Discovering Papalo – a South American Herb

Papalo plants


“Oh give me a home
Where the Papalo roam…”

 I knew nothing of this herb until I saw it for sale at the flea market. Behind the table was a Hispanic man. Foot-long bouquets of oval leaves were waving in the breeze like a flutter of butterflies in front of him. As I am naturally curious about new plants, especially food plants, I asked him:

“What do you call this?”

“Papalo. Good for the liver.”

“How do you cook it?”

“No, don’t cook.”

I bought a bunch and munched on a leaf. It tasted heavenly, like cilantro with a hint of lemon. The leaves were gently scalloped, with evenly-spaced “pores” on the surface.

I returned hours later, and he had sold out.

“No more papalo?” I said, looking surprised.

“No more papalo” he replied, in a tone of mild condescension.

I came back next week and bought more, trying it with meat and fish dishes, laying the oval leaves on top just before eating. It enhanced and complemented them nicely, much like cilantro, only better, I thought. I found out that papalo (Porophyllum ruderale) is easy to grow in the summer, unlike cilatro, which dislikes the heat, too much or too little sun, and is just plain finicky.

It is an annual in the cold and temperate parts of the world, and will die off in freezing temperatures, but it will leave behind many small, elongated seeds with tufts of hair at one end.

In Bolivia, papalo is used in treating liver ailments and for high blood pressure. Which would explain (maybe) the name “Bolivian coriander”, another name for this herb. Though the term “papalo” itself derives from “papalotl” which means “butterfly” in Nahuatl, since the leaves supposedly mimic the movement  of butterfly wings in a breeze.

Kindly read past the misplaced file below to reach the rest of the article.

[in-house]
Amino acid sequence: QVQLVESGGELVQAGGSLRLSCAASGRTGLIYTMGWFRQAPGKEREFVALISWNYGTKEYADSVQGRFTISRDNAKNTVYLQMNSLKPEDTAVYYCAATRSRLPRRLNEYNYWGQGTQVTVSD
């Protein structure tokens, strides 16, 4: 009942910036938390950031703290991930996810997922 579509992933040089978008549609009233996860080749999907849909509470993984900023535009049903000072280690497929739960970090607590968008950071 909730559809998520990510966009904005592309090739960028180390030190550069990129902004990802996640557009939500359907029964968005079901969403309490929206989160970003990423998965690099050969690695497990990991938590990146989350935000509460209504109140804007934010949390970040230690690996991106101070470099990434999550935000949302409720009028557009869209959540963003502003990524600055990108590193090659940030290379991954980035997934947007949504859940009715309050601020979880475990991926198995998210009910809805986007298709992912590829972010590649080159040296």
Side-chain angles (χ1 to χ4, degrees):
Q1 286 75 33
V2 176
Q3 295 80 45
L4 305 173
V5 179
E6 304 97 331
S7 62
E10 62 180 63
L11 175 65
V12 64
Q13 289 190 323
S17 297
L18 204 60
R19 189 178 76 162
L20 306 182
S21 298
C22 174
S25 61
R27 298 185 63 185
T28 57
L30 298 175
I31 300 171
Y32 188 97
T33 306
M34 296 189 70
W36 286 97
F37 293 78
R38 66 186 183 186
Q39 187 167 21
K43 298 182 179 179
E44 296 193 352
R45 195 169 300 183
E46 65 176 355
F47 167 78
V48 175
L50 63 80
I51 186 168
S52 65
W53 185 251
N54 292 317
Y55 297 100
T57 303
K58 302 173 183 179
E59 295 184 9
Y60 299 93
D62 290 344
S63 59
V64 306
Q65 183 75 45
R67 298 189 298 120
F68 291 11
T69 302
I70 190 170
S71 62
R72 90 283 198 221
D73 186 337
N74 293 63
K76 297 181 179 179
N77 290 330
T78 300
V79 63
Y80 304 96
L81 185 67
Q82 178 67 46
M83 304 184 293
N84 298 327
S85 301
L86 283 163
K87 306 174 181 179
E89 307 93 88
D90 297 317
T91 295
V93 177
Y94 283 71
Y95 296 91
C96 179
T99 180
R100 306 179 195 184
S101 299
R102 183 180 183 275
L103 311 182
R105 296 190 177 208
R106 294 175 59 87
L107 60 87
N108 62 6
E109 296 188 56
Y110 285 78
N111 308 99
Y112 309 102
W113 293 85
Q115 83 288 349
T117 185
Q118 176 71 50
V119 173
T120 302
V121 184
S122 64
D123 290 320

Papalo predates cilantro’s use in Mexican and South American cuisine, so the dishes that are commonly served with cilantro today (such as salsa) would have used papalo instead.

With that in mind, here’s my own recipe for papalo salsa:

Papalo Salsa Surprise

a few tomatoes, chopped
half a bell pepper, chopped
salt to taste
black pepper to taste
1 lime, sliced in half
a few cloves of garlic, peeled
1 cayenne pepper, or to taste
1 or 2 onions, chopped and peeled
many papalo leaves (try 6 at first)

Toss everything into a blender, squeeze the lime juice into the mix, and then run the blender for a few seconds. Pour everything into a bowl and let sit in the refrigerator for awhile, so the flavors meld. The taste is vibrant… and however many times I do this recipe, the flavor is always a pleasant surprise !

If you would like to try growing papalo yourself, or if you don’t find it at your local market, here’s a source for the seeds:


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